Tanzania bans food exports ban: Zanzibar’s President Dr. Hussein Mwinyi has banned the export of all food commodities to curb shortages and price hikes. Additionally, the president has instructed traders to release food stored in warehouses to mitigate shortages and rising prices.
He stated that the traders’ hoarding of food has caused inconvenience to the people of Zanzibar. In this regard, the president has ensured that the government will take necessary steps to ensure that food prices continue to decrease by calling upon traders to purchase sufficient stocks of food as the Muslims approach the Holy Month of Ramadan.
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Zanzibar’s food shortage saga
The ban comes as the archipelago and Tanzania in general are facing a severe challenge of rising food prices. The trend in price hikes indicates that the prices of some products have increased due to the decrease in production during the 2021/2022 farming season.
Some of the food items whose prices have gone up include maize, maize flour, rice, beans, potatoes, wheat flour, sugar, and cooking oil. The primary cause of these products being affected is the shortage of rain, particularly during the agricultural season.
For instance, the price of maize has increased to 1,890/- per kilogram from 1,500/- per kilogram in November, while the price of rice has increased from 3,200/- per kilo to 3,500/-. Similarly, the price of a kilogram of potatoes in Dar es Salaam, Njombe, and Mbeya has hiked to 1,875/- from 688/- in the previous month.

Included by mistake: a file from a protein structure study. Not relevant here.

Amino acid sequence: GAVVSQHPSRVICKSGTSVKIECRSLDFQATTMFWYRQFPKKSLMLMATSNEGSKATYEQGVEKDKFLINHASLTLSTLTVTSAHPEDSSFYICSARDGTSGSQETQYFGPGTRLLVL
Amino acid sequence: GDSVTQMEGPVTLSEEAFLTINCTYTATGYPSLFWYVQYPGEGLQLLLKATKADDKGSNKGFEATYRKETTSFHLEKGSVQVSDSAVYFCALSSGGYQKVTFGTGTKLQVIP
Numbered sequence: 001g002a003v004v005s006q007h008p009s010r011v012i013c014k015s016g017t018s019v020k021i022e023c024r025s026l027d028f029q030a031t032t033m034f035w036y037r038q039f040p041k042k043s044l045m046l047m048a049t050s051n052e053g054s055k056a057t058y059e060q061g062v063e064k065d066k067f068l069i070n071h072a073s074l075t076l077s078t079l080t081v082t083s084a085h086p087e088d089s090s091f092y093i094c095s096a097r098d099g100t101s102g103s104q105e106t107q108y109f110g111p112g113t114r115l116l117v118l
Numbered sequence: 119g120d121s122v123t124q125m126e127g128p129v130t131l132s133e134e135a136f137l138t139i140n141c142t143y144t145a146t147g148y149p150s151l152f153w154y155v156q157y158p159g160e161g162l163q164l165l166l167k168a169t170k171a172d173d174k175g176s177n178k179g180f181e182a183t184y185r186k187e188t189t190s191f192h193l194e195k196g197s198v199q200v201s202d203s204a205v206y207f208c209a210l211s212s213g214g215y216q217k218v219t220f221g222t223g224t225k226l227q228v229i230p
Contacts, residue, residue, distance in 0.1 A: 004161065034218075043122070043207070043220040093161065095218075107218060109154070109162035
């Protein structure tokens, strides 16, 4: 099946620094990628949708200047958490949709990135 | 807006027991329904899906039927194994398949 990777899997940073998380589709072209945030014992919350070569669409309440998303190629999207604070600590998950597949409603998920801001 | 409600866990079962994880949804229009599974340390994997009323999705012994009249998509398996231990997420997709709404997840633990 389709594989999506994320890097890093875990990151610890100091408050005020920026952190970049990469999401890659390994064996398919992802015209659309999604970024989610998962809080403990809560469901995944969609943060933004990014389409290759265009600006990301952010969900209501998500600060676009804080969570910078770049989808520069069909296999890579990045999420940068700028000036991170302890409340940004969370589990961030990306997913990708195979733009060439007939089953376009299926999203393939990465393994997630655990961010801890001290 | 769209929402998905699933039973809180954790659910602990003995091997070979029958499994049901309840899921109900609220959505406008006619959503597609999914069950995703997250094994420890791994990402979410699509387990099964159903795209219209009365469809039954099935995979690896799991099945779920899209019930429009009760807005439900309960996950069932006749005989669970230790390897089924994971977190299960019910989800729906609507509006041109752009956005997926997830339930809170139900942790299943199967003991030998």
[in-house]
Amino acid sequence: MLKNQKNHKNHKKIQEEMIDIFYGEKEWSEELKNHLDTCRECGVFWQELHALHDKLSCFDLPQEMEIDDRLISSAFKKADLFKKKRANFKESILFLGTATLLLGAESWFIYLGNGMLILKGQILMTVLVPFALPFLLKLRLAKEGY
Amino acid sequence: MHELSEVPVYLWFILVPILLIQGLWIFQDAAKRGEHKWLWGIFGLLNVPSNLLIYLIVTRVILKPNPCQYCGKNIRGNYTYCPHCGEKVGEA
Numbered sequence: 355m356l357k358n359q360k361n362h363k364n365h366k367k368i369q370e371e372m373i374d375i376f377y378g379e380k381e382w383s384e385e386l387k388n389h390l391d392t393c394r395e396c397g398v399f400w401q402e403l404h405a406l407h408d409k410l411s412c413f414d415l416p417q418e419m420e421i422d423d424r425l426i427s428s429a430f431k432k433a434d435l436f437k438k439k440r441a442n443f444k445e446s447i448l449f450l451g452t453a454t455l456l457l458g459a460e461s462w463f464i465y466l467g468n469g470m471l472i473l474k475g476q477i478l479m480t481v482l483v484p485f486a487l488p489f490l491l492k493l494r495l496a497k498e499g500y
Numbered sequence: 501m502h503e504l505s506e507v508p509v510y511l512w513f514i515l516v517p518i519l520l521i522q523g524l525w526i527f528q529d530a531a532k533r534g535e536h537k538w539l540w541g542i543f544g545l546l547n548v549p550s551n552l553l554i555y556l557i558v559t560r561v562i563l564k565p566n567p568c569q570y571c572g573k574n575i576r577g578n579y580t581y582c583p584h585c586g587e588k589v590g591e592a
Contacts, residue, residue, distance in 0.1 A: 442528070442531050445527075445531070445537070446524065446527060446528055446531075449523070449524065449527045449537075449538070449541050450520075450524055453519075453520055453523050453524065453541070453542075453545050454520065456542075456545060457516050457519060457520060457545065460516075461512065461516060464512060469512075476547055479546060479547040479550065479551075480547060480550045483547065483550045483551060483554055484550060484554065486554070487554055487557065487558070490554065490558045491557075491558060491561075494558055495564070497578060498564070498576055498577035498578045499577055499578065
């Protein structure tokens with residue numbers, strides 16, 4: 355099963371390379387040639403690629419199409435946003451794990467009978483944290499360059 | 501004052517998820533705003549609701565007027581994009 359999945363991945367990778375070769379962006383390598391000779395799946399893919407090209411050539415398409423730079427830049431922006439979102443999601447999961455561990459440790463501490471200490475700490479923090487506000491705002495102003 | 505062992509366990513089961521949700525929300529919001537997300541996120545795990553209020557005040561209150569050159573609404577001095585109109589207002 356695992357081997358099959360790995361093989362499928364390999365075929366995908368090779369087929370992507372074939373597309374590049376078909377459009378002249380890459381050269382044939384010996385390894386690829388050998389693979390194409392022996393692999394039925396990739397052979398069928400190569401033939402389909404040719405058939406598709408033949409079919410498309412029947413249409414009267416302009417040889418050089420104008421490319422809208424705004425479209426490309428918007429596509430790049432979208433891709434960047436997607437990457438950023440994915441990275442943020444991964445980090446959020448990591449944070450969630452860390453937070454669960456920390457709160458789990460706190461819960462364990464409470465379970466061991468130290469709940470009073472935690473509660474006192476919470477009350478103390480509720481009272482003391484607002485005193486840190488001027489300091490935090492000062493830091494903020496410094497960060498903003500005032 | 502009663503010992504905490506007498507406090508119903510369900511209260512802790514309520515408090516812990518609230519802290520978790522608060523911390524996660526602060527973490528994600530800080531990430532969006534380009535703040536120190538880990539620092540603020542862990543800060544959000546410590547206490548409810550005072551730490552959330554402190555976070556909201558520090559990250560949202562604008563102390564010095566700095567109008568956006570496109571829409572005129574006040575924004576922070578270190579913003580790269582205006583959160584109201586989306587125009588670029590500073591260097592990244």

In this context, temporarily banning food exports makes complete economic sense for Tanzania. This is mainly due to multiple factors such as fears of extremely low production amidst high demand for exports due to the Russia-Ukraine war and a sharp decrease in procurement for buffer stocks for the common Tanzanians.
The rising retail inflation and skyrocketing commodity costs in both domestic and global markets are reasons why the Tanzania administration should restrict food exports in the short term.
To be clear, African nations have historically exported commodities even when production was below the subsistence level for internal consumption, making these countries dependent on parasite powers like America, Europe, and China, who viewed this as a venue to exert influence on African domestic issues.
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What Next ?
As a result, the recent decision by the Zanzibar government could serve as a growth strategy for several African countries. It’s important to note that export restrictions are not limited to underdeveloped countries. Even major countries like America have occasionally prohibited the export of critical commodities, putting all the popular discourse about free-and-open global trade on the back burner. As a result, any attempts by these nations and their multilateral institutions to compel Tanzania into amending the export prohibition should be met with harsh opposition. Going forward, African countries facing similar challenges should look for solutions at the domestic level rather than relying on help from the West.
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